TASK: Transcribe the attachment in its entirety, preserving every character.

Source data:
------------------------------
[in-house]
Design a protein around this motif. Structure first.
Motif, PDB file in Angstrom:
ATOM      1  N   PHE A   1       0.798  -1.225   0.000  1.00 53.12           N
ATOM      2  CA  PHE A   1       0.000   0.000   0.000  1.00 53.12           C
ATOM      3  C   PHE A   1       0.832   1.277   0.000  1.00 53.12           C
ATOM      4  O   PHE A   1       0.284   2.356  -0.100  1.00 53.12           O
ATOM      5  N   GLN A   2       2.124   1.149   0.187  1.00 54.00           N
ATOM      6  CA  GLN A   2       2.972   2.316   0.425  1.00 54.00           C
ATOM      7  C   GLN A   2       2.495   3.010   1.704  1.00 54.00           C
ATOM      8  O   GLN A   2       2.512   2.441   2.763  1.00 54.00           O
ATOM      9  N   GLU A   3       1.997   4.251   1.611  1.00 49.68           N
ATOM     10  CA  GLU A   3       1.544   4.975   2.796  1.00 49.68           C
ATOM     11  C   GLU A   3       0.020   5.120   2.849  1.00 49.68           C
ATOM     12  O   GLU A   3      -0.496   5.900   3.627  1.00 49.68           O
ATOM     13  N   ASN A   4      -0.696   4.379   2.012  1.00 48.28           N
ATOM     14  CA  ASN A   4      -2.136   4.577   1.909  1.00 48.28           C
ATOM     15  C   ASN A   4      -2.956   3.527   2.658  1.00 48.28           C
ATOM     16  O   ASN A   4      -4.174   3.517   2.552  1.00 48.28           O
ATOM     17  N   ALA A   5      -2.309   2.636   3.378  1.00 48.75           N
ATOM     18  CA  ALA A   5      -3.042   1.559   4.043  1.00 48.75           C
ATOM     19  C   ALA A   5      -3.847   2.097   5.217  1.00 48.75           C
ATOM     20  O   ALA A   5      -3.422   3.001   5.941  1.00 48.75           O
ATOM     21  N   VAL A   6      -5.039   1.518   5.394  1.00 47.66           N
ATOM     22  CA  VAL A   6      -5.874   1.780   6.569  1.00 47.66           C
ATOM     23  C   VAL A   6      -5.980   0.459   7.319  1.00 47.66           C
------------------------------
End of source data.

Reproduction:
[in-house]
Design a protein around this motif. Structure first.
Motif, PDB file in Angstrom:
ATOM      1  N   PHE A   1       0.798  -1.225   0.000  1.00 53.12           N
ATOM      2  CA  PHE A   1       0.000   0.000   0.000  1.00 53.12           C
ATOM      3  C   PHE A   1       0.832   1.277   0.000  1.00 53.12           C
ATOM      4  O   PHE A   1       0.284   2.356  -0.100  1.00 53.12           O
ATOM      5  N   GLN A   2       2.124   1.149   0.187  1.00 54.00           N
ATOM      6  CA  GLN A   2       2.972   2.316   0.425  1.00 54.00           C
ATOM      7  C   GLN A   2       2.495   3.010   1.704  1.00 54.00           C
ATOM      8  O   GLN A   2       2.512   2.441   2.763  1.00 54.00           O
ATOM      9  N   GLU A   3       1.997   4.251   1.611  1.00 49.68           N
ATOM     10  CA  GLU A   3       1.544   4.975   2.796  1.00 49.68           C
ATOM     11  C   GLU A   3       0.020   5.120   2.849  1.00 49.68           C
ATOM     12  O   GLU A   3      -0.496   5.900   3.627  1.00 49.68           O
ATOM     13  N   ASN A   4      -0.696   4.379   2.012  1.00 48.28           N
ATOM     14  CA  ASN A   4      -2.136   4.577   1.909  1.00 48.28           C
ATOM     15  C   ASN A   4      -2.956   3.527   2.658  1.00 48.28           C
ATOM     16  O   ASN A   4      -4.174   3.517   2.552  1.00 48.28           O
ATOM     17  N   ALA A   5      -2.309   2.636   3.378  1.00 48.75           N
ATOM     18  CA  ALA A   5      -3.042   1.559   4.043  1.00 48.75           C
ATOM     19  C   ALA A   5      -3.847   2.097   5.217  1.00 48.75           C
ATOM     20  O   ALA A   5      -3.422   3.001   5.941  1.00 48.75           O
ATOM     21  N   VAL A   6      -5.039   1.518   5.394  1.00 47.66           N
ATOM     22  CA  VAL A   6      -5.874   1.780   6.569  1.00 47.66           C
ATOM     23  C   VAL A   6      -5.980   0.459   7.319  1.00 47.66           C